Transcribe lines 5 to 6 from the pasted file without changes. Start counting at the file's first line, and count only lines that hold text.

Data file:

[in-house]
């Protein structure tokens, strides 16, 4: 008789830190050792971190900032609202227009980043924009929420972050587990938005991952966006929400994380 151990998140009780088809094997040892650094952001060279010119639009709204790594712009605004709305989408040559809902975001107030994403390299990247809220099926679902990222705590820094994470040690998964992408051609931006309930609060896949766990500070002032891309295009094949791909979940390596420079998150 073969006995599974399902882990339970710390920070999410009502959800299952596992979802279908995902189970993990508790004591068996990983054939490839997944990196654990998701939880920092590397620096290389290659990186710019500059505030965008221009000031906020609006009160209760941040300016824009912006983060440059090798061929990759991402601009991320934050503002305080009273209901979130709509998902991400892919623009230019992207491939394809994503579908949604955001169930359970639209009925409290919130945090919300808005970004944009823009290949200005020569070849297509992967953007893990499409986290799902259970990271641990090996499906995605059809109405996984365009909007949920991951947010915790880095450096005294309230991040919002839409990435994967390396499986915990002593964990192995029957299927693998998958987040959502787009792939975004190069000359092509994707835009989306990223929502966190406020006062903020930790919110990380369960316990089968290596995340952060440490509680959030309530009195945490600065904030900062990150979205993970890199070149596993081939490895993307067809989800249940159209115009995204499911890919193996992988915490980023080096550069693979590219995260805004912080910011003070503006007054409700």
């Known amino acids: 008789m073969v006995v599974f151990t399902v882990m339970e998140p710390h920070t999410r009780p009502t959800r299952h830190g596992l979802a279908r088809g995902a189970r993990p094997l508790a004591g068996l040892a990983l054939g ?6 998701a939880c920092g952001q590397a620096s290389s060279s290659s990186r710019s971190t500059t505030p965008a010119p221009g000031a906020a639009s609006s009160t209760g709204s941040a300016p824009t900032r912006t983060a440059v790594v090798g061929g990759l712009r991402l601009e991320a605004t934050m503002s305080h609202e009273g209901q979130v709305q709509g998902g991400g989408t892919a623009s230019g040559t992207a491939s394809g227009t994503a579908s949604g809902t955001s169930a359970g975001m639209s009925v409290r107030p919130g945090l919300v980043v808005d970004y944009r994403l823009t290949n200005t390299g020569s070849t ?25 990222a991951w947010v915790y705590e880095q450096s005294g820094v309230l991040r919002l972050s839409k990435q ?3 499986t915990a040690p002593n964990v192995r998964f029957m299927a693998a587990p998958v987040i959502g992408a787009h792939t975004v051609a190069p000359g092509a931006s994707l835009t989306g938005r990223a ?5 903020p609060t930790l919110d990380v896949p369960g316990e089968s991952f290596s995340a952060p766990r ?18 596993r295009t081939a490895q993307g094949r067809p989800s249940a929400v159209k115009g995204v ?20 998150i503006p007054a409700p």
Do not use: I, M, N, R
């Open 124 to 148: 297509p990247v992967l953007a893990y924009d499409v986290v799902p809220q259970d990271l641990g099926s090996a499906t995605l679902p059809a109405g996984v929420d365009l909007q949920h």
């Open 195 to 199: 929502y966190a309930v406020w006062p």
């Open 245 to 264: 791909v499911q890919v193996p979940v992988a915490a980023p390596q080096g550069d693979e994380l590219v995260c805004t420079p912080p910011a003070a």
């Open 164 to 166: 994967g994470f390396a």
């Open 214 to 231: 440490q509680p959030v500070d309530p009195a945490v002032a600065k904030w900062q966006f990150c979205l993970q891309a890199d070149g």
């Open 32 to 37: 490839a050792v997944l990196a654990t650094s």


């Open 124 to 148: 297509p990247v992967l953007a893990y924009d499409v986290v799902p809220q259970d990271l641990g099926s090996a499906t995605l679902p059809a109405g996984v929420d365009l909007q949920h």
């Open 195 to 199: 929502y966190a309930v406020w006062p």